Protecting Our Children from Lead in School Drinking Water: Getting the Law Right!

October 24, 2018 | 12:59 pm
Hannah Donart
Leader, School Improvement Team Environmental Health Committee

As I pack my kids’ backpacks in the morning, I go through the mental checklist of what they need. Lunch? Check. Nap roll for my four-year-old? Check. Homework folder for my seven-year-old? Check. Filtered water bottles certified to remove lead from drinking water? Check!

My children attend public school in the nation’s capital. Like many US cities, Washington, DC’s old lead service lines are at risk of leaching into drinking water. At high doses lead can be lethal, but children absorb lead more easily and even low doses can have devastating consequences on their physical and cognitive development. DC recently passed the Childhood Lead Exposure Prevention Amendment Act of 2017, which lowered the actionable level of lead in school drinking water from the outdated federal standard of 15 parts per billion (ppb) to 5 ppb. The 5 ppb action level is based on the Food and Drug Administration’s (FDA) requirements for bottled water. However, this standard is not based on science and the new law still does not fully protect children from lead exposure in school drinking water.

No records, no data, no problem

Like many, I was aware of the devastating Flint water crisis, but it hit home when I saw the Washington Post headline: “Elevated Lead Levels Found in Water at Three DC Schools.” These schools were in our neighborhood and two of them had recently undergone modernization, something that was about to happen at my children’s school. During modernization our elementary school would move to trailers on a middle school campus where high lead levels were recently detected. The middle school and elementary schools with high lead in drinking water levels were also made up of predominately minority, economically disadvantaged students. These sorts of environmental injustices were not new to DC though and the agencies responsible for overseeing school modernizations were contributing to these inequities.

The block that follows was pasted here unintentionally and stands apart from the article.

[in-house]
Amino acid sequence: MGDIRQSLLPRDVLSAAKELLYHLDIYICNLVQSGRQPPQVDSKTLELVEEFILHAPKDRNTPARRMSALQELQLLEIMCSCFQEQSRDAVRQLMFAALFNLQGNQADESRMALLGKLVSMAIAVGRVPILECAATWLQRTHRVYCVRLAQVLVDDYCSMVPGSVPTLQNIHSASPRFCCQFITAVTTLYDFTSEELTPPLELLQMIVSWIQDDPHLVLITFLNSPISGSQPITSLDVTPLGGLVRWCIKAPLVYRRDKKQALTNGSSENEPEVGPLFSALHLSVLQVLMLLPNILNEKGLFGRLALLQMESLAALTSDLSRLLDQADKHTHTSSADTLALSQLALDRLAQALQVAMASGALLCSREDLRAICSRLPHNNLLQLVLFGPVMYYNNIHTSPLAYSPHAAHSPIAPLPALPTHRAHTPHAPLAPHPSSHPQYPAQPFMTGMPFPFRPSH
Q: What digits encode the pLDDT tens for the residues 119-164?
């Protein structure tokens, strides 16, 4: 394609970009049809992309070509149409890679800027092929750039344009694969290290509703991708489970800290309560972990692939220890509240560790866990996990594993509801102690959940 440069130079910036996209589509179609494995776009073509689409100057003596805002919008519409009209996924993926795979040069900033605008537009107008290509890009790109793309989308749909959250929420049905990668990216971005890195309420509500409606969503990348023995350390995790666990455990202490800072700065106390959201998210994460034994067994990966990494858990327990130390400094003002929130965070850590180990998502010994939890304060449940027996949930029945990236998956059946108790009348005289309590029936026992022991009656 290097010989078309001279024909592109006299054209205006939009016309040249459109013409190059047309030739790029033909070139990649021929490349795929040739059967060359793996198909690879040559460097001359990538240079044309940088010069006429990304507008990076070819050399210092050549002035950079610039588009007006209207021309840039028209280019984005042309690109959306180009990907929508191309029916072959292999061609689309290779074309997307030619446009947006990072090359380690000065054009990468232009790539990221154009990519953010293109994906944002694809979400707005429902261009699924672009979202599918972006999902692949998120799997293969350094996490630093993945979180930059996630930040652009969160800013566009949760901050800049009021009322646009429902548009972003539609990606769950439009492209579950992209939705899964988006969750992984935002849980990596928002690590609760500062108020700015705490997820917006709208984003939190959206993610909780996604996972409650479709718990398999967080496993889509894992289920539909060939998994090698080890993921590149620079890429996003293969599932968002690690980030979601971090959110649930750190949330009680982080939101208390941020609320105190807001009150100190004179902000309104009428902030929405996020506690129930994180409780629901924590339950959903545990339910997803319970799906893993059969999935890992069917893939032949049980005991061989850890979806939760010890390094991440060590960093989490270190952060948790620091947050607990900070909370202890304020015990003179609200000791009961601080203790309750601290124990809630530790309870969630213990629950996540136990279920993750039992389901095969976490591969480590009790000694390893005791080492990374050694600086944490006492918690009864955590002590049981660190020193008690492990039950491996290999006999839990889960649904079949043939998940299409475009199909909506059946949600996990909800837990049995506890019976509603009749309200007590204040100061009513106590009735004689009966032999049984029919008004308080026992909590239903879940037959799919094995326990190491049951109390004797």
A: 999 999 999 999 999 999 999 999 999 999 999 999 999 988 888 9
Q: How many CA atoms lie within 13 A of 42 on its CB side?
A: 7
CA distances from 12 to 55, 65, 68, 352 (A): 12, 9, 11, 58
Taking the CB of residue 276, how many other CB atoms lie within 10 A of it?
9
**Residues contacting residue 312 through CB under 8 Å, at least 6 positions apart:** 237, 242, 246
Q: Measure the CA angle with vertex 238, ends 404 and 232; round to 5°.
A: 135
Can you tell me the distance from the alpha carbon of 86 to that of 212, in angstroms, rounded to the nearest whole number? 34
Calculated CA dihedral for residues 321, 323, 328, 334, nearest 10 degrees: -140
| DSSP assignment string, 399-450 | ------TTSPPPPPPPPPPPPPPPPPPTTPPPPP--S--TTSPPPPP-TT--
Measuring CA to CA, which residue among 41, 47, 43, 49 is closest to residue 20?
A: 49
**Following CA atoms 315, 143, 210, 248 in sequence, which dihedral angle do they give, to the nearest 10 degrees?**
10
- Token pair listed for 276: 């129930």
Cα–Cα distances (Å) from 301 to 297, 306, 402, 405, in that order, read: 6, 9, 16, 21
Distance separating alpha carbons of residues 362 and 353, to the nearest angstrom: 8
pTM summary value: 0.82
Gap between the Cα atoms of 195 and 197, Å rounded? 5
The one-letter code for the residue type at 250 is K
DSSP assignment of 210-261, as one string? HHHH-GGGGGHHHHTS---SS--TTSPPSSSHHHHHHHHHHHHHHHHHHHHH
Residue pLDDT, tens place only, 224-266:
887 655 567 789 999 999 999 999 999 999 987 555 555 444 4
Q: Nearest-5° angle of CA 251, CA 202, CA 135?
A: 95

DC had a lead-in-drinking-water crisis in the early 2000s. Records obtained via a Freedom of Information Act (FOIA) request showed lead levels as high as 7,500 ppb  found in school drinking sources during this period (5,000 ppb classifies drinking water as “hazardous waste”)!  After submitting a FOIA request to determine what our school plumbing and service line materials were made from, I was informed that government agency officials could not fully assess the plumbing and that District of Columbia Public Schools (DCPS) was not planning to replace it in the building being preserved during modernization.

DC Department of General Services (DGS) safety measures were also concerning. DGS placed do not drink decals above bathroom sinks and refused to test and filter sources used by preschoolers at the temporary location. When I prompted our Parent Teacher Association (PTA) to fund testing, half of the sinks tested above DC’s legal limit of 5 ppb. DCPS again refused to test and filter the sinks after being presented with these results.

Sowing seeds of misinformation

Initial DGS test results from designated drinking water sources in the trailers found the preschool cafeteria sink with levels at 14 ppb. DGS remediated and tested the fixture twice before lead testing results came back at 2 ppb. While they were remediating, DCPS sent out a letter to the school community: “While the levels detected are below the Environmental Protection Agency’s actionable level of 20 ppb, in an effort to exceed these standards, DC Government asserts that no level of lead above 5 ppb is safe for our students’ drinking water sources. As a result, DGS has followed and will continue to follow the District protocol to remediate these elevated levels.”

Sign warning about childhood lead exposure, from the CDC.